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  • Jan Johnson

Menopause – Changing Perceptions About ‘The Change’


Menopause is an important natural process in a woman’s life. It usually starts between the ages of 45 and 55 but certain health issues can cause early menopause. Cancer treatments such as chemotherapy and radiotherapy can also result in premature ovarian failure.


What is Menopause?

Hormonal changes cause menstruation to eventually cease, marking the end of the reproductive phase of a woman’s life. Sounds simple doesn’t it? The problem is that the declining hormones involved, oestrogen and progesterone, play a big part in keeping us healthy! They contribute towards bone health, cognitive and cardiovascular function, maintenance of blood sugar levels and muscle mass, to name but a few of the benefits. The loss of such essential hormones is a big deal!


Attitudes Towards Menopause

Menopausal symptoms such as hot flushes, low mood and poor sleep, are well documented but often trivialised and disregarded, especially in the workplace. Historically, menopause has been viewed as a shaming disease. Victorians were deeply suspicious of women’s reproductive health and bizarre remedies were used in an attempt to ‘cure’ those suffering from severe symptoms. Sedatives, cold baths, leeches and even a spell in an asylum have been prescribed!


Thankfully, social attitudes are improving, shaped by changing perspectives about gender and age. Once a taboo subject, leading women to opt for the ‘keep calm and carry on’ approach; it is now becoming a normalised, accepted natural event.


Menopause is a time of physical, psychological and social change. It has been described as the adolescence of older age. Women experience a range of feelings, both positive and negative. There can be a newfound sense of freedom and confidence, valuing the aging process and looking towards the future. Conversely, hormone fluctuations in the body can lead women to experience psychological and emotional symptoms such as anxiety, poor concentration and irritability. Physical symptoms, primarily hot flushes, may lead some to avoid social interactions because of embarrassment and feelings of being unattractive and a loss of sexuality. Overtime this can result in depression and low self-esteem.


This phase of life often coincides with external stressors such as concerns about elderly parents, grown children leaving home and financial or career changes. Add menopause into the mix and the result can feel overwhelming.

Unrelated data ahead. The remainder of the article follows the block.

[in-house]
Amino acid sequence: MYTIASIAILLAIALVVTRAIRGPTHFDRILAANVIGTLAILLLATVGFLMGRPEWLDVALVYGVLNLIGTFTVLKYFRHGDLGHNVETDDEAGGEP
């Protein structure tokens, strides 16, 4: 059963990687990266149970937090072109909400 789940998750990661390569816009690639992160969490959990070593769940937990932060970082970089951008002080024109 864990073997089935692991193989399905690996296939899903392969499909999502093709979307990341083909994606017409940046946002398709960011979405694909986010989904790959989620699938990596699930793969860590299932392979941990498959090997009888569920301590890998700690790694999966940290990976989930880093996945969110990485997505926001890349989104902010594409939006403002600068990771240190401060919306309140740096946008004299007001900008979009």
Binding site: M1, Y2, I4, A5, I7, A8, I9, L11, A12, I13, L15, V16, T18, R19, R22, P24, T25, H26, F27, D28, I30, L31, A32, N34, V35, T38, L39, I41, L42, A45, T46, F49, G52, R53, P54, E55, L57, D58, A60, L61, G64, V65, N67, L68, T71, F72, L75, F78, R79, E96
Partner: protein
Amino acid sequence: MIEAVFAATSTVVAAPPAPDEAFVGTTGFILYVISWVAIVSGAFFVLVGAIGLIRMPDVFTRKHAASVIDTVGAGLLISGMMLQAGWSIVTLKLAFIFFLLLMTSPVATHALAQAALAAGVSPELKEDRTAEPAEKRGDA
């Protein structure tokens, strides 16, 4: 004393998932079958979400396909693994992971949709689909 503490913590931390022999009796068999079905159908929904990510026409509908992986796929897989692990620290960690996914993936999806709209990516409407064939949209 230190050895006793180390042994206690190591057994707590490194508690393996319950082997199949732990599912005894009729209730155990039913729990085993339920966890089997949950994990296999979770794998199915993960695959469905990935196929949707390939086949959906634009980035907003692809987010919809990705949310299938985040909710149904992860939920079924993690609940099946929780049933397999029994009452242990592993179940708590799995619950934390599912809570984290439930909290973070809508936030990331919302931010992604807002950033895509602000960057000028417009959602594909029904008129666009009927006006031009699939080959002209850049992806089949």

How Can Reflexology Support Women Through Menopause?

Firstly, the safe space of the treatment room provides a relaxing environment in which clients can be totally self-focused. Reflexologists provide empathetic support of the physical and emotional consequences of menopause. Reflexology can be effective in reducing symptoms by balancing hormones through a variety of techniques working the reflexes of the endocrine system. A treatment releases tension, enhances relaxation and sleep, and improves mood and well-being.


Scientific research into the effects of reflexology is scant but there have been two randomised controlled trials looking at how the therapy supports menopause. One trial concluded that reflexology decreased hot flushes and improved quality of life for women in the study. (Gozuyesil & Baser, 2016). Another study evaluated reflexology’s effectiveness for sleep disorder in women during menopause. (Asltoghiri & Ghodsi, 2012)


5 Natural Ways to Reduce Menopausal Symptoms

  1. A healthy diet of foods rich in calcium and vitamin D will help bone health. Including plenty of fruit and vegetables will guard against weight-gain and heart disease.

  2. Exercise regularly to improve metabolism, aid better sleep and mood. It will also keep joints healthy and help the bones.

  3. Drink plenty of water to maintain a healthy digestive system, help with dryness and have a cooling effect during hot flushes.

  4. Avoid stimulants such as tea, coffee and alcohol which may trigger hot flushes.

  5. Get out in the sunlight which promotes the production of vitamin D to keep bones strong.


During menopausal transition, self-care is paramount.

It is time to change how we think about ‘The Change’.

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